The school holidays are here and while children are squealing with delight at freedom from school rules, itchy grey uniforms and prescribed bed times, in contrast, many parents are filled with dread. All the balls are thrown in the air with weeks of school holiday time to fill, not to mention the financial pressure that can cause. Sound familiar?
‘I feel really guilty shoving the children from pillar to post during the holidays; I should be around for them.’ Expert, author of Rocking Your Role
and female breadwinner, Jenny Garrett, is on hand to explain the ways in which parents can maximise their time with their children and provides tips to maintain happy relationships during the long school holidays.
Here are five top tips to help alleviate the guilt and anxiety
Angela says, “Make sure you take time to invest your interest in those around you; grandparents, aunts/uncles, children’s play friends and their parents. This will not only enrich your life, but also make holiday periods a lot less stressful.”
There will be many parents in the same situation as yourself. Even if you can’t reciprocate, ask anyway, as it often takes the pressure of parents when their children have company.
The 4 P’s
Prior Planning leads to Pleasant holiday Periods.
Leaving holiday activities to chance could prove extremely stressful. Do your research; there will be a number of activities laid on for children in your local area, both paid for and free of charge.
Don’t assume you know what children want to do, discuss it with them, their requests are often less financially and physically demanding than you might think. In addition, know when you are working and when you are not and communicate that clearly and stick to it, so everyone knows where they stand.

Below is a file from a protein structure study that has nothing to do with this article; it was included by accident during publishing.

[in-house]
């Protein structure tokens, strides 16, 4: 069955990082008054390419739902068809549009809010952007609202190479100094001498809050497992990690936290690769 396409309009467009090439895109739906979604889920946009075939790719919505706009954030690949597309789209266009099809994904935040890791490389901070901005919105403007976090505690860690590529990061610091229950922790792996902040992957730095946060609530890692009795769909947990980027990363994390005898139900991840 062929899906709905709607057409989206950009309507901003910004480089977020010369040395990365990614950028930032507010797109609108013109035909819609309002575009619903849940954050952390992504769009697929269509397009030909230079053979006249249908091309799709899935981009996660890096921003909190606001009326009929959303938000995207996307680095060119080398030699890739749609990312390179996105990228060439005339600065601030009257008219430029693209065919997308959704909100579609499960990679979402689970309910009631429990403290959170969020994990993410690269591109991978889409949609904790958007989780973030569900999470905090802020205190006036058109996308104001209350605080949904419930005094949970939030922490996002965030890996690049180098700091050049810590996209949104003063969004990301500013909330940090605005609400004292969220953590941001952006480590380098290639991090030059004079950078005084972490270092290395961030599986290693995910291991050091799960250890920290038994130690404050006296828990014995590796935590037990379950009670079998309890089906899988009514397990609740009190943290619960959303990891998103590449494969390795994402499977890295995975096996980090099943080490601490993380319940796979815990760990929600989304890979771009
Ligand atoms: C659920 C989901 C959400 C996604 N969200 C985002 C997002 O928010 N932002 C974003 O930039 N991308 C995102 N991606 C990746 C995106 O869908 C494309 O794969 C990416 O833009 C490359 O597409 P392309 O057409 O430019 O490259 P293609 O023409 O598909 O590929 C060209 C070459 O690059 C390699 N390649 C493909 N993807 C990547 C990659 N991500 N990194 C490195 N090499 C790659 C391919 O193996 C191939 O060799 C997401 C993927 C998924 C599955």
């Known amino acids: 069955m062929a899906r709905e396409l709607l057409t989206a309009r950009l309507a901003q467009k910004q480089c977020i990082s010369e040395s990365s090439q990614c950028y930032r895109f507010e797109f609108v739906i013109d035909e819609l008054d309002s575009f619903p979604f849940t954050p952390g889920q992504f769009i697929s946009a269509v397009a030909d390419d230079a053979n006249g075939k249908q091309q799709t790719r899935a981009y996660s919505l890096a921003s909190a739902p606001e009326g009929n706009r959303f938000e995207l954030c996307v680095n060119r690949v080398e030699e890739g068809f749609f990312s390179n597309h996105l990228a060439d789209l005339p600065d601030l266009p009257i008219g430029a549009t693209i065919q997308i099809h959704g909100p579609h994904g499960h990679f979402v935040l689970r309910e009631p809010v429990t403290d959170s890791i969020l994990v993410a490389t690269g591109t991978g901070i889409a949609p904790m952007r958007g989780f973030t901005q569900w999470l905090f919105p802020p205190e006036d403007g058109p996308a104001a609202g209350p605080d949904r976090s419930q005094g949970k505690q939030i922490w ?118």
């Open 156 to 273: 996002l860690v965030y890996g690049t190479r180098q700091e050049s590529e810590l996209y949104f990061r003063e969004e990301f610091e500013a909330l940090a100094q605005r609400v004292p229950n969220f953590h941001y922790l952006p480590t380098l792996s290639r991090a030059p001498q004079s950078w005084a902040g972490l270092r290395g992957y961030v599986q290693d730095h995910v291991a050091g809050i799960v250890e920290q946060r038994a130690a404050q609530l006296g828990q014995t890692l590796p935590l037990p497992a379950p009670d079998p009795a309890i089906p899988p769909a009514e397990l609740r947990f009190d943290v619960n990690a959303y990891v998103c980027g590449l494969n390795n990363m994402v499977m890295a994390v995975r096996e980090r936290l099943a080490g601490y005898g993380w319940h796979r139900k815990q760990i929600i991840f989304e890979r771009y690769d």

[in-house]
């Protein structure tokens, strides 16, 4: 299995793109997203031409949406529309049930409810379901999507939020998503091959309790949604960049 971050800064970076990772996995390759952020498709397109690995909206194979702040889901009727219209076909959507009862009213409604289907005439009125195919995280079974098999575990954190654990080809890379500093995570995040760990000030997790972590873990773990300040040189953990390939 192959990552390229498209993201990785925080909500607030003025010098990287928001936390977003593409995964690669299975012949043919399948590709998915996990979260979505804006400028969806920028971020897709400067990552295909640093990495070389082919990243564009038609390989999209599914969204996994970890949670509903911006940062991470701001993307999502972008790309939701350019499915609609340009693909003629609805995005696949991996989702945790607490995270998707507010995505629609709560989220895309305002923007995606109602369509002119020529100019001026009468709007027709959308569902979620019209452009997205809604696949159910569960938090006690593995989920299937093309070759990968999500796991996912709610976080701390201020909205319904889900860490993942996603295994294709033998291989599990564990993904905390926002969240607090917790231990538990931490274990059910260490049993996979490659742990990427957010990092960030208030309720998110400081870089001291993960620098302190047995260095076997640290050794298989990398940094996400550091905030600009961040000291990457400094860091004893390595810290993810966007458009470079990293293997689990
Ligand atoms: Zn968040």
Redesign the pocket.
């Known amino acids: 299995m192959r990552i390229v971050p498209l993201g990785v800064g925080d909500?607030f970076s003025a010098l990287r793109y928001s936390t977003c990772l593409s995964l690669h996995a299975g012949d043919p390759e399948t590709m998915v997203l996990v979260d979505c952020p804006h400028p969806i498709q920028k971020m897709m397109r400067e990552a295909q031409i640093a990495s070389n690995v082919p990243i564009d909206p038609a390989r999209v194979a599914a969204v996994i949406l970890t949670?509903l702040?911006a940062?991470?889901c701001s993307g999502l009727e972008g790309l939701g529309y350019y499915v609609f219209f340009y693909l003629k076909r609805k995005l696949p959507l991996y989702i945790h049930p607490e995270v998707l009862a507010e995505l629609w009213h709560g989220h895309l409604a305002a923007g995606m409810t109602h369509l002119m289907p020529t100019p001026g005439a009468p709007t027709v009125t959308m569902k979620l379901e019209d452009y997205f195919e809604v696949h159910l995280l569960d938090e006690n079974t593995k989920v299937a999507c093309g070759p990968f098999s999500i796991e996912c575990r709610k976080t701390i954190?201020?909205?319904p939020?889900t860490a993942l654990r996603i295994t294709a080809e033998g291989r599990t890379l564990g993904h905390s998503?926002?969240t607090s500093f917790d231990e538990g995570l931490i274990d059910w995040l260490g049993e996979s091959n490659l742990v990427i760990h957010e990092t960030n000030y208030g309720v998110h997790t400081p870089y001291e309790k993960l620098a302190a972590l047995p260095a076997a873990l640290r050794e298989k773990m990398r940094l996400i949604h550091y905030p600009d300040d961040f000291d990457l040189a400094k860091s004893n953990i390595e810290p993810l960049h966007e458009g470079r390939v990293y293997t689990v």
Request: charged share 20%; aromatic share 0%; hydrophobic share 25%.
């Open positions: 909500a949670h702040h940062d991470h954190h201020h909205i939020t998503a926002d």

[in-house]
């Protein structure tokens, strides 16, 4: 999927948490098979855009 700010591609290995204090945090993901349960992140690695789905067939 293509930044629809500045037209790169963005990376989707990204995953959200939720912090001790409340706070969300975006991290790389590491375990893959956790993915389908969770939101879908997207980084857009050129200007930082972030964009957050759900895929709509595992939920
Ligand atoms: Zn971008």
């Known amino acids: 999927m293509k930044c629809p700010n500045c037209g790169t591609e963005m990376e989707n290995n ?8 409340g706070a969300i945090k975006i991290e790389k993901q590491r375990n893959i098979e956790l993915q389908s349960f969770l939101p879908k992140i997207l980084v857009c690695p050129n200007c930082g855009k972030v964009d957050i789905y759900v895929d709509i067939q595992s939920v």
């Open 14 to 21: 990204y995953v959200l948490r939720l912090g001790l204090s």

Rather than working even on those days when you are supposed to be with the family, take some time to be truly present when you are there. Not every day has to be action packed. A duvet day together watching films and eating popcorn can be fantastic bonding time and a relaxing time for you too.
“As a working mother of four school aged children, I try to work flexibly, be home on time, not sit on my laptop in the evening, and make sure I do fun things with them when I am not working!’ says Sharon.
Try Something New Together
Remember its quality time, not quantity time that matters. Have an adventure with your children, whether that’s a walk in the forest, a trip to a farm, a cable car ride, in door skydiving; an experience that will be a first for both of you and a memory for years to come.
Share the positives that work gives you with your children, rather than it being seen as the thing that comes between you. You are role-modeling for your family and leaving a legacy for the future.
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